ERIC Number: EJ807116
Record Type: Journal
Publication Date: 2008-Sep
Abstractor: As Provided
Which Mathematics Should We Teach Engineering Students? An Empirically Grounded Case for a Broad Notion of Mathematical Thinking
Cardella, Monica E.
Teaching Mathematics and Its Applications: An International Journal of the IMA, v27 n3 p150-159 Sep 2008
While many engineering educators have proposed changes to the way that mathematics is taught to engineers, the focus has often been on mathematical content knowledge. Work from the mathematics education community suggests that it may be beneficial to consider a broader notion of mathematics: mathematical thinking. Schoenfeld identifies five aspects of mathematical thinking: the mathematics content knowledge we want engineering students to learn as well as problem-solving strategies, use of resources, attitudes and practices. If we further consider the social and material resources available to students and the mathematical practices students engage in, we have a more complete understanding of the breadth of mathematics and mathematical thinking necessary for engineering practice. This article further discusses each of these aspects of mathematical thinking and offers examples of mathematical thinking practices based in the authors' previous empirical studies of engineering students' and practitioners' uses of mathematics. The article also offers insights to inform the teaching of mathematics to engineering students.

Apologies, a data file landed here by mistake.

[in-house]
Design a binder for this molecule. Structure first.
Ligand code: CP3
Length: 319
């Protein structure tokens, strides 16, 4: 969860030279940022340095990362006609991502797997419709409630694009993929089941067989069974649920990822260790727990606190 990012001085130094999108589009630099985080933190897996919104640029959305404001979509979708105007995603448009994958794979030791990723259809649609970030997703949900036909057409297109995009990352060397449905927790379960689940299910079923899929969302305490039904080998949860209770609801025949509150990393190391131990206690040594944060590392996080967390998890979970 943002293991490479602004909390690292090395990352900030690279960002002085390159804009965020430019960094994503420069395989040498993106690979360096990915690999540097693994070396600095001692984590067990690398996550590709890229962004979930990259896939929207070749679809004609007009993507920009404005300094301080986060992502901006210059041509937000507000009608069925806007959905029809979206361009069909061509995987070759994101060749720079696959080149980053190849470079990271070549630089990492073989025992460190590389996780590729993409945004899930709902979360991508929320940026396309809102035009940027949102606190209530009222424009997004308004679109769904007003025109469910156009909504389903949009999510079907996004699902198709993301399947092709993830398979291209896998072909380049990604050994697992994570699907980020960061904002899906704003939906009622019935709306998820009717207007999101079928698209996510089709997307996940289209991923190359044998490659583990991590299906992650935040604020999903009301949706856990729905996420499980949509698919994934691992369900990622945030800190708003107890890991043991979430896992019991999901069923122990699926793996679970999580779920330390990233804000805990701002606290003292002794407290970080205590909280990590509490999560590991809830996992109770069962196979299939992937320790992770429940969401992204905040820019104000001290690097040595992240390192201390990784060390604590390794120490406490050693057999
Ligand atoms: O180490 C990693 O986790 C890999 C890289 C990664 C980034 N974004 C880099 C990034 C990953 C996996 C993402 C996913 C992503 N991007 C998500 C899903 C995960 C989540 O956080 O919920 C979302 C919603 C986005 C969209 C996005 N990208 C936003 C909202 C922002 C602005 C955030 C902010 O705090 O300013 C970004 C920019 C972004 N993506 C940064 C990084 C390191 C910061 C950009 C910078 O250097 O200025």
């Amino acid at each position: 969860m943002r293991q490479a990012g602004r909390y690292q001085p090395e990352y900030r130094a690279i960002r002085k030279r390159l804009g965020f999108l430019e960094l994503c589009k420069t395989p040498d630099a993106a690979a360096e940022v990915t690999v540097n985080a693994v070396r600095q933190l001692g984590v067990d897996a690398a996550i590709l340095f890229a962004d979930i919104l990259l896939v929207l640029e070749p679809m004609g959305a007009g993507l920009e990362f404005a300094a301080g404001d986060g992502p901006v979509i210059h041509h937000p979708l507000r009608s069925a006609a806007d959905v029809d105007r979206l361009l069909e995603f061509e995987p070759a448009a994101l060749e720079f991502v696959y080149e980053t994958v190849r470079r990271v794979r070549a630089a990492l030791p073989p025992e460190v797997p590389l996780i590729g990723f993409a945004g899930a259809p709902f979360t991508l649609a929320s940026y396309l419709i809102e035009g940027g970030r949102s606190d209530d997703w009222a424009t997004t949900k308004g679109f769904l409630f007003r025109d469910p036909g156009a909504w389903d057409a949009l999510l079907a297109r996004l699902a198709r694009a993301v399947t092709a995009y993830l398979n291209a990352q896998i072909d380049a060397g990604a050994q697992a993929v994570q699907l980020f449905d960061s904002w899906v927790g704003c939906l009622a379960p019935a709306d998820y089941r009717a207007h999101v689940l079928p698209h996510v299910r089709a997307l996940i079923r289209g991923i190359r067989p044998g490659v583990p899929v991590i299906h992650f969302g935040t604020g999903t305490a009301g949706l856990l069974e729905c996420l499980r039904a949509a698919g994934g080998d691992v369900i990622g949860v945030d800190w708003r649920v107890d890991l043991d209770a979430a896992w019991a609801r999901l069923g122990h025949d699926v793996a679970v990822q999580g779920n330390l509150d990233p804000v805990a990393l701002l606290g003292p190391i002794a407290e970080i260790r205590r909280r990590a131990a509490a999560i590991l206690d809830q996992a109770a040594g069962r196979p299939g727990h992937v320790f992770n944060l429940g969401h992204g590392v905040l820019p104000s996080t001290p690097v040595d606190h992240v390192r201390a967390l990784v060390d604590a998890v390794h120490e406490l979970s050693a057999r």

Descriptors: Mathematics Education, Engineering Education, Mathematics Instruction, Thinking Skills, Mathematics Skills, Teaching Methods, College Instruction, Science Instruction, Instructional Innovation
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Publication Type: Journal Articles; Reports - Descriptive
Education Level: Higher Education; Postsecondary Education
Authoring Institution: N/A